It was not like you were worried about doing supercross or anything like that then? It was just that you felt like you had gotten everything you can out of that 250F and are ready to move up now.
Yeah, it was the other bit of the case. Suzuki did not actually push hard to keep me, so I had no reason for that, plus you know what we have struggled with the past few years and why we lost the championship to Pauls that hard. It was clearly my decision then to say that I would not stay on a Suzuki 250F. I am ready to move on with a 450F, so everything came together really well with Wilvo.
I know there was talk of you doing something with [Stefan] Everts as well, like some kind of privateer team. Did that come close to happening?
Not at all. Like I said before, I would have the background and people around me to go private and make my own team. That would have been the worst-case scenario though, if I could not find anything. When I say that I mean a proper team. I’m a two-time vice world champion, so I am not going to ride for a B team that I am not happy with. If that was the case and I did not find anything that I was happy with, then we could have made our own team and taken the materials that were left over from Suzuki. I am happy that this was not the case, because it would have been a lot of work and a lot of stuff to worry about.
Considering everything that happened, you have really landed on your feet. Wilvo Yamaha MXGP is a great team and you even have a two-year deal! Having that security must be huge.
Yeah, it is awesome! Yamaha Europe were really waiting there with open arms. They were happy to deal with me and I was happy that it worked out in the end. I have a contract with Yamaha Europe, not with Wilvo, I am just riding for Wilvo. It feels amazing. I have a sponsor, iXS, who we are going to have in the team now also. A big company in Switzerland, the main company for motorcycles, runs that iXS company and have Yamaha too. It was actually a dream for everyone in Switzerland to see me on a Yamaha! It just never happened, because I have been on a Suzuki all my life. This is another point that just fits perfectly. I would have never thought that this would have got to a point where it all fits together.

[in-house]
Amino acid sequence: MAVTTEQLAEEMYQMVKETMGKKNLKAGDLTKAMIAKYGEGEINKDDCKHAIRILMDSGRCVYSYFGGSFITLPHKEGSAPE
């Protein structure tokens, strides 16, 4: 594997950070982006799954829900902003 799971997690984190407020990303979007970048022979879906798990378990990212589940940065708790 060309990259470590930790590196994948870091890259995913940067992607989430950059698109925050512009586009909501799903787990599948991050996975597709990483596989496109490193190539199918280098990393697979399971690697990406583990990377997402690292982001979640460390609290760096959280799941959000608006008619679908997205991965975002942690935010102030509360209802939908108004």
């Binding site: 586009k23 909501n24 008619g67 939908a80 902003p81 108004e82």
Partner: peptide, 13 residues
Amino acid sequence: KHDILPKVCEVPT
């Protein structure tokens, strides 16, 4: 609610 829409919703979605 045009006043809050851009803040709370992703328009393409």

One of the things that seemed perfect about the Suzuki team was the way that you got on with Hunter [Lawrence] and Arminas [Jasikonis]. It was like a family, but then it seems that you have found that at Wilvo Yamaha MXGP as well. It is a tight-knit crew and there is another Swiss rider beneath the awning.
Yeah, it is true what you say. It was just a dream team with Hunter and AJ. On the track we did our business and helped each other. It was so helpful to have them, then away from the track we could enjoy it. It was just a perfect mix, but now I am on a new team with new people. I am really happy with Arnaud [Tonus], Shaun [Simpson] and all of the mechanics. We have already started to have a lot of fun and it is all fitting together. I think that it is going to be really nice, plus I am still in touch with Hunter a lot. We go out practicing a lot together, me on my Yamaha and him on his Honda, but it does not matter. It is the same with AJ – it does not change. We are still going to stay friends and stuff.